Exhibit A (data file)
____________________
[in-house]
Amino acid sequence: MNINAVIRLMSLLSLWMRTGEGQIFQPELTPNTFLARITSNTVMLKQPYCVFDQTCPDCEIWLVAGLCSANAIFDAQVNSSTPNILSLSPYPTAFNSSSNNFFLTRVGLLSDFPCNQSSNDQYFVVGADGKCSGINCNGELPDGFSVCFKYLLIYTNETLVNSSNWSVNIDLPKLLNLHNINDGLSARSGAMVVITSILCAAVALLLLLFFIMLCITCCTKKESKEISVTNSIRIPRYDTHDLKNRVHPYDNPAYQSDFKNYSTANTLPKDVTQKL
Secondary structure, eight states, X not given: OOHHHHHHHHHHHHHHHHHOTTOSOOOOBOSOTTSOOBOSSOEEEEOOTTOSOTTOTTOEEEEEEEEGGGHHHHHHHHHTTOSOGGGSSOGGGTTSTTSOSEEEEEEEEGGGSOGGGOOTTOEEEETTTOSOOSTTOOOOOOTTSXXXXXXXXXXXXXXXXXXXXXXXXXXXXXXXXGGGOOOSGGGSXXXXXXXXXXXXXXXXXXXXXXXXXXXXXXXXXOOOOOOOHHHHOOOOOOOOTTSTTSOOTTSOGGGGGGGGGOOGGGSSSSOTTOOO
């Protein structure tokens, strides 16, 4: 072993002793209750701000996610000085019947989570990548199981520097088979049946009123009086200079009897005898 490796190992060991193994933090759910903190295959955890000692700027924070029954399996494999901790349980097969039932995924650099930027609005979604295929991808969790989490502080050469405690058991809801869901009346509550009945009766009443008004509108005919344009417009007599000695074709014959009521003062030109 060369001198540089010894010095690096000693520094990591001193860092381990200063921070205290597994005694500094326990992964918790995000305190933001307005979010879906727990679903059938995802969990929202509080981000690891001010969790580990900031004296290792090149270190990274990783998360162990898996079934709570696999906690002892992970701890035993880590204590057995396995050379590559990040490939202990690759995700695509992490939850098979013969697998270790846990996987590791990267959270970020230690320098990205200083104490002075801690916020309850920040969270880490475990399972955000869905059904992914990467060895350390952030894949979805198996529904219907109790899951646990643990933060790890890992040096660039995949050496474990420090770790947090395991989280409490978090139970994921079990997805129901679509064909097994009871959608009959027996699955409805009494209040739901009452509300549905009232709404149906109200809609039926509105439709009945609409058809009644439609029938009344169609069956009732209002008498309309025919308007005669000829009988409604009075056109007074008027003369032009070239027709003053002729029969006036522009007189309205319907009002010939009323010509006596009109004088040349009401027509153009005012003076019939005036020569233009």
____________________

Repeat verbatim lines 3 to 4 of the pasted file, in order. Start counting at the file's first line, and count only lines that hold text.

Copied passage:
Secondary structure, eight states, X not given: OOHHHHHHHHHHHHHHHHHOTTOSOOOOBOSOTTSOOBOSSOEEEEOOTTOSOTTOTTOEEEEEEEEGGGHHHHHHHHHTTOSOGGGSSOGGGTTSTTSOSEEEEEEEEGGGSOGGGOOTTOEEEETTTOSOOSTTOOOOOOTTSXXXXXXXXXXXXXXXXXXXXXXXXXXXXXXXXGGGOOOSGGGSXXXXXXXXXXXXXXXXXXXXXXXXXXXXXXXXXOOOOOOOHHHHOOOOOOOOTTSTTSOOTTSOGGGGGGGGGOOGGGSSSSOTTOOO
């Protein structure tokens, strides 16, 4: 072993002793209750701000996610000085019947989570990548199981520097088979049946009123009086200079009897005898 490796190992060991193994933090759910903190295959955890000692700027924070029954399996494999901790349980097969039932995924650099930027609005979604295929991808969790989490502080050469405690058991809801869901009346509550009945009766009443008004509108005919344009417009007599000695074709014959009521003062030109 060369001198540089010894010095690096000693520094990591001193860092381990200063921070205290597994005694500094326990992964918790995000305190933001307005979010879906727990679903059938995802969990929202509080981000690891001010969790580990900031004296290792090149270190990274990783998360162990898996079934709570696999906690002892992970701890035993880590204590057995396995050379590559990040490939202990690759995700695509992490939850098979013969697998270790846990996987590791990267959270970020230690320098990205200083104490002075801690916020309850920040969270880490475990399972955000869905059904992914990467060895350390952030894949979805198996529904219907109790899951646990643990933060790890890992040096660039995949050496474990420090770790947090395991989280409490978090139970994921079990997805129901679509064909097994009871959608009959027996699955409805009494209040739901009452509300549905009232709404149906109200809609039926509105439709009945609409058809009644439609029938009344169609069956009732209002008498309309025919308007005669000829009988409604009075056109007074008027003369032009070239027709003053002729029969006036522009007189309205319907009002010939009323010509006596009109004088040349009401027509153009005012003076019939005036020569233009």